He was serving his apprenticeship as a typesetter, rubbing shoulders with the workers and publishing an unassuming little paper and had run up against the class struggle arising out of the widening social inequality in São Paulo when the Portuguese anarchist Neno Vasco arrived there in 1901. Edgard Leuenroth was involved in and infected by the libertarian movement and started to read the anarchist classics, making the acquaintance of Neno Vasco, associating with him and, with his help, rounding off his grasp of sociology and Portuguese.
In 1903, in his capacity as a printing worker, he set up the São Paulo Typographical Centre and by the following year was helping to convert it into the Printworkers’ Union. From that point in he was a constant presence in the printers’ and journalists’ unions and played an active part in all the journalists’ congresses – in Rio de Janeiro in 1918, in Washington in 1926, in São Paulo in 1933, in São Paulo again in 1942 (to mention but a few). In labour and anarchist circles he never missed the state (São Paulo) and national congresses. He was to the fore in campaigns to secure the release of the great martyrs of bourgeois capitalism and the state: Ferrer, the ‘Idalina Affair’, Durruti, Nicolau, Mateu, Nestor Makhno, Sacco and Vanzetti, to name only a few, and he resisted the deportation from Brazil of foreign-born anarchists. He was involved in numerous strikes, notably the 1917 strike when he was arrested and tried before the São Paulo Courts as the mastermind behind a strike that resulted in one of the biggest working class uprisings hitherto recorded in São Paulo and in Brazil, with businesses coming under attack, barricades erected in the streets and fighting with the state government’s armed forces and the deaths of two strikers. At that trial he was defended by lawyers Evaristo de Morais (senior) and Marrey Júnior and the defence argument was released as a pamphlet in Rio de Janeiro in 1918. Edgard Leuenroth was one of the most prolific activists on the labour and anarchist press scene and signed articles using the noms de plume Frederico Brito, Routh, Palmeiro Leal, Len, Leão Vermelho and Siffleur as well as under his own name and was also an outstandingly fluent public speaker and street agitator. There was nowhere he would not go, nor did he ever miss a chance to spread his ideas.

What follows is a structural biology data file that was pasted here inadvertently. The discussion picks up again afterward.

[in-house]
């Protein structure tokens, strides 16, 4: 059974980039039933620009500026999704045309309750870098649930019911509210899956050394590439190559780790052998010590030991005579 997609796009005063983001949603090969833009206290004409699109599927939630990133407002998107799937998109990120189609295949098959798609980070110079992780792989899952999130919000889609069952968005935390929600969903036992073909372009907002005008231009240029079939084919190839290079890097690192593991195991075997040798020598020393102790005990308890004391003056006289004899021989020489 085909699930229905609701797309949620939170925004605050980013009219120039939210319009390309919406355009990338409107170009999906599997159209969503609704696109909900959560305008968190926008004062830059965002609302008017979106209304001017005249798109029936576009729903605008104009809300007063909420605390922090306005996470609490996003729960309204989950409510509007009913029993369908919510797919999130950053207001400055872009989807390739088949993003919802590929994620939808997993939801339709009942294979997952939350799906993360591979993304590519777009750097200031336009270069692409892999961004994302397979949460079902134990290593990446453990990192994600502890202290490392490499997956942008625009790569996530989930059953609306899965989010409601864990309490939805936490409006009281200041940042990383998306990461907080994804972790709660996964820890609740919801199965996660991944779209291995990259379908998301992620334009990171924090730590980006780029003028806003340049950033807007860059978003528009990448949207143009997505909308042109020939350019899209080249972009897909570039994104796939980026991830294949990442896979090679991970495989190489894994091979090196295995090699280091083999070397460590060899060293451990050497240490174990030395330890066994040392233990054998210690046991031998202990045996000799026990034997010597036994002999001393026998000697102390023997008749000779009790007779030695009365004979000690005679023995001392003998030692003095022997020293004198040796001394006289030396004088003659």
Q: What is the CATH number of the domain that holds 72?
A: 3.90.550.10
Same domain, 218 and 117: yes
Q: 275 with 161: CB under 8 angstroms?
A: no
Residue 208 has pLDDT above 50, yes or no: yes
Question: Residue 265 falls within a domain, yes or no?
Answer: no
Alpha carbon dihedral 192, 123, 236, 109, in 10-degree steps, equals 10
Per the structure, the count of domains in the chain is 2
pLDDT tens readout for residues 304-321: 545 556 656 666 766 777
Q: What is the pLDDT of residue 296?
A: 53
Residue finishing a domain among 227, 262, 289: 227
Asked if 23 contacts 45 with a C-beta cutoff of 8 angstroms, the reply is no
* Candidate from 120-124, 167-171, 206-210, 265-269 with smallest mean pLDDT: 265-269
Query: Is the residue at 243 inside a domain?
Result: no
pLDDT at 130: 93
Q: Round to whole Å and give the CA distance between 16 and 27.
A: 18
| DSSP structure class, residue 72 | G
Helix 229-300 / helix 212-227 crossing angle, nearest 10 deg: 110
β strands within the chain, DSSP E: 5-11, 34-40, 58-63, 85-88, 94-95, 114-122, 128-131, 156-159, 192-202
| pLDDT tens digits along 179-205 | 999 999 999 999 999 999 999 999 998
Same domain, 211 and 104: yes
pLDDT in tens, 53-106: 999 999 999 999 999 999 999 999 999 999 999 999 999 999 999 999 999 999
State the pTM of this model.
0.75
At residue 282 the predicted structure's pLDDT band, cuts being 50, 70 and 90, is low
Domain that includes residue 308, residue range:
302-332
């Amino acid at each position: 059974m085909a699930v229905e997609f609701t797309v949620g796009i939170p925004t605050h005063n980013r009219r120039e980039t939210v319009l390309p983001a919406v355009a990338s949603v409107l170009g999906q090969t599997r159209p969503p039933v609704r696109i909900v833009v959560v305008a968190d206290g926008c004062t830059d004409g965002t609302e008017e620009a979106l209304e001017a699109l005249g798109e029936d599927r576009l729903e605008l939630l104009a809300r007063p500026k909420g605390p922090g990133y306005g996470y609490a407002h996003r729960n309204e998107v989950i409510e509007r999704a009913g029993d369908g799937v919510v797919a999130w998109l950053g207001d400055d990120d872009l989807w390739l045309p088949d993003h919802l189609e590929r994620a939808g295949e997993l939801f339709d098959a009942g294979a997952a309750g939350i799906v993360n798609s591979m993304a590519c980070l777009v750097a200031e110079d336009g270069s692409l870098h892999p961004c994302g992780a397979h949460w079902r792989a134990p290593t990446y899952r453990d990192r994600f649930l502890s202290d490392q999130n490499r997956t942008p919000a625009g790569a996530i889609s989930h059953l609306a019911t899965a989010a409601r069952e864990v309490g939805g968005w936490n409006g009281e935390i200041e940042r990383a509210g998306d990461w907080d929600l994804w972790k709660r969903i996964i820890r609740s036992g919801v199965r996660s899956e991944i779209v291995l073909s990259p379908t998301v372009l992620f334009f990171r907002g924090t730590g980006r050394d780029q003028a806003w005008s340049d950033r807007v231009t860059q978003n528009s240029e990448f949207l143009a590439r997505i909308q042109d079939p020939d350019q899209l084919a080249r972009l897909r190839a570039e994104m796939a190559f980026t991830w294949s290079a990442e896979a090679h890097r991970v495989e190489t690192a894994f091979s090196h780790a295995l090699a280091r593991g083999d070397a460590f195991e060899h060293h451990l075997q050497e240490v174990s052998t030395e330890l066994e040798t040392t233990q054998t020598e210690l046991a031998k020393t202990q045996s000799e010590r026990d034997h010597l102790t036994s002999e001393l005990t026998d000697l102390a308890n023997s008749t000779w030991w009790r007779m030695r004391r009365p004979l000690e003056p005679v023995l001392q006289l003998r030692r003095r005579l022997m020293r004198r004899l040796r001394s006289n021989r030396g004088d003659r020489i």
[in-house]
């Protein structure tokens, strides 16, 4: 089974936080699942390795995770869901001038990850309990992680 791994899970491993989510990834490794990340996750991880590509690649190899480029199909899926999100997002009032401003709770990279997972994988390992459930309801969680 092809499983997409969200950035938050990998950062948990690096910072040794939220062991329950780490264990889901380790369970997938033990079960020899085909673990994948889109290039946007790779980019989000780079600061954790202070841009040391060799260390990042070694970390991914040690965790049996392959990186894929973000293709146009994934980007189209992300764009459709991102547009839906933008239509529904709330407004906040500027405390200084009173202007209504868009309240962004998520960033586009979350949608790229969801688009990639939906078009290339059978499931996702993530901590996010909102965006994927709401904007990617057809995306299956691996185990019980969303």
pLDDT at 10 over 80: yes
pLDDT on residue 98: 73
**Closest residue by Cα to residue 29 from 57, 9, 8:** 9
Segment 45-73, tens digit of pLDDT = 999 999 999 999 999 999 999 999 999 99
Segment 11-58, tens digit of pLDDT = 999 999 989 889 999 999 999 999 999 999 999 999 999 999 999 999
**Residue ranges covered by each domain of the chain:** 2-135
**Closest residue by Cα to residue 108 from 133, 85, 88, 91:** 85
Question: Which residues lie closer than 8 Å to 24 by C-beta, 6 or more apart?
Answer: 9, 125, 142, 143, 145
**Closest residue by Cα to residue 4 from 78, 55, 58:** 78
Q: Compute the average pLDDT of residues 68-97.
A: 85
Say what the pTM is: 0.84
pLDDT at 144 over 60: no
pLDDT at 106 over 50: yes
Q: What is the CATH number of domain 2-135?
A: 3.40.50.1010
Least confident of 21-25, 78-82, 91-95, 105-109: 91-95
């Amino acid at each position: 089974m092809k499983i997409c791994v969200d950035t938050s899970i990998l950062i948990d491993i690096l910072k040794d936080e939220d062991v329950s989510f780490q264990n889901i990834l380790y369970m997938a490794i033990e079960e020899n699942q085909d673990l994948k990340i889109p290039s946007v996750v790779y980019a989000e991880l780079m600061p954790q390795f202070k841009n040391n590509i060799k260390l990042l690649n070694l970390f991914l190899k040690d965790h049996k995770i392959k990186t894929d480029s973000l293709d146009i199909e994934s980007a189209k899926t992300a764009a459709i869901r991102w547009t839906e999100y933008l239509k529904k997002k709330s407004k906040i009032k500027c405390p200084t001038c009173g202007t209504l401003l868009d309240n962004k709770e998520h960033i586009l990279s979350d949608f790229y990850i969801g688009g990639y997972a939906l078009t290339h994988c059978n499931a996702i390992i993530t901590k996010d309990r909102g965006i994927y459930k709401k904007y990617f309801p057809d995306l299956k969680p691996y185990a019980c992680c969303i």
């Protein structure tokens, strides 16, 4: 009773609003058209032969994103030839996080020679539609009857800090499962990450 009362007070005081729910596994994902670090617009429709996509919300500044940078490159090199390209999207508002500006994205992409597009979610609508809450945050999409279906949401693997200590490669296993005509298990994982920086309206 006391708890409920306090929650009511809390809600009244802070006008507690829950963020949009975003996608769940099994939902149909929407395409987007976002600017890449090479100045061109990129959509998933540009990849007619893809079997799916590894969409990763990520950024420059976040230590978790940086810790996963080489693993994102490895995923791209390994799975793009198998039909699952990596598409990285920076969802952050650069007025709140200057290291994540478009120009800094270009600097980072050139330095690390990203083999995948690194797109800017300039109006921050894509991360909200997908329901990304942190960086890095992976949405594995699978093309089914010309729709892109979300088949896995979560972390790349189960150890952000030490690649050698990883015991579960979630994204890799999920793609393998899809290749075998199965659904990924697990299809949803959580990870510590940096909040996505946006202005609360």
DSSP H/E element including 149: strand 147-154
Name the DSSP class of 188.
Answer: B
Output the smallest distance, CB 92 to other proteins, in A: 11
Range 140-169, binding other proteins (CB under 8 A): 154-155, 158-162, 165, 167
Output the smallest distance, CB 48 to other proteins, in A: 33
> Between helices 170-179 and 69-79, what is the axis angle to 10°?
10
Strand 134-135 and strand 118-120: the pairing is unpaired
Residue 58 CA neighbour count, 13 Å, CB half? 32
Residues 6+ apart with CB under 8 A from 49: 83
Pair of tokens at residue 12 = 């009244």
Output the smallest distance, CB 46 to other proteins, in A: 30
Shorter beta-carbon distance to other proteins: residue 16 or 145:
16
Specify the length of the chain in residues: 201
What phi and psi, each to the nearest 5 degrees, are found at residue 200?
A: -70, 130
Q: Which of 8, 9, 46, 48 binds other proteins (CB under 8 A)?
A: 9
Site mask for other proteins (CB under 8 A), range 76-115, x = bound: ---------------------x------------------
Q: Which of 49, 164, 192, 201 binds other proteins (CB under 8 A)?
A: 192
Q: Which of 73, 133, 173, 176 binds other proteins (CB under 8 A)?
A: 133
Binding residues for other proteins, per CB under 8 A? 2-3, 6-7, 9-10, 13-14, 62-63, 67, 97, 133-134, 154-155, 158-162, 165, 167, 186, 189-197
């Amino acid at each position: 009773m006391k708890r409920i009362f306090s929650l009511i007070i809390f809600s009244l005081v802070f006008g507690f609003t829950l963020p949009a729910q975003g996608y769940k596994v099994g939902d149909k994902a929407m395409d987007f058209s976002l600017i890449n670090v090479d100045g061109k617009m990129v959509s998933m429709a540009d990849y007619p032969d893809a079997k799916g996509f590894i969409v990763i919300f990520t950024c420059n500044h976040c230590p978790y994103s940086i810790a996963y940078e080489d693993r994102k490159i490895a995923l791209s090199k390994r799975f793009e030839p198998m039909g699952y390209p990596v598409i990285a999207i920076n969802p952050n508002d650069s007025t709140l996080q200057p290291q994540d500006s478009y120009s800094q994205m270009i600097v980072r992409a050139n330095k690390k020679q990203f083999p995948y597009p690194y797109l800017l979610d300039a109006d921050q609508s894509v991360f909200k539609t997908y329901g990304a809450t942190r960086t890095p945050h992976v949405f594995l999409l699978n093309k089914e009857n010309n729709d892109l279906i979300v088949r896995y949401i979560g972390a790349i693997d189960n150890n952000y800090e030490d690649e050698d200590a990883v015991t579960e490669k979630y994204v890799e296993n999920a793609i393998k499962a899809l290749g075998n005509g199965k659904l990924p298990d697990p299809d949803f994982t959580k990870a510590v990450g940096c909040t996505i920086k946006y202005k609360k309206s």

He helped launch, edit and contribute to the following newspapers and reviews: O Boi (1897-1899), Folha do Bras, O Alfa (1901) in Rio Claro and O Trabalhador Gráfico (1904). From 1905 to 1911 he started out contributing to the anarchist weekly A Terra Livre, launched and run by Neno Vasco: in 1906 he was on the staff of the anarcho-syndicalist Luta Operária, the organ of the São Paulo Workers’ Federation. That paper played a big part in the 1906 São Paulo RailRoad Company strike which made a national impact. He founded A Folha do Povo as a periodical and later daily paper and was its editor-in-chief. From 1909 to 1935 he directed A Lanterna, the anti-clerical libertarian paper launched by Dr Benjamín Mota in 1901: he did so in two stints that won him lots of friends and earned him some terrible enemies. He was arrested at the time that the Church was exposed in connection with the Idalina Affair. In 1912 he launched A Guerra Social, the São Paulo newspaper, acting as its main editor and at the end of 1915 he was actively contributing to the daily O Combate.
In 1916-1917 he was editor and secretary of the review Ecléctica in São Paulo. In 1917 he launched the anarchist paper A Plebe which was a weekly that became a daily in 1919. With a number of interruptions, A Plebe was published up until 1954 (?) and it had Rodolfo Felipe, Pedro Augusto Mota, Florentino de Carvalho and other anarchists as its managing directors. He wrote for Spartacus (1918) in Rio de Janeiro, for the anarchist daily Voz do Povo (1920) in Rio de Janeiro, for the anarchist daily Ação Directa in Rio de Janeiro (he was its last director) and, in the last years of his life, for O Libertario of São Paulo
Translated by: Paul Sharkey.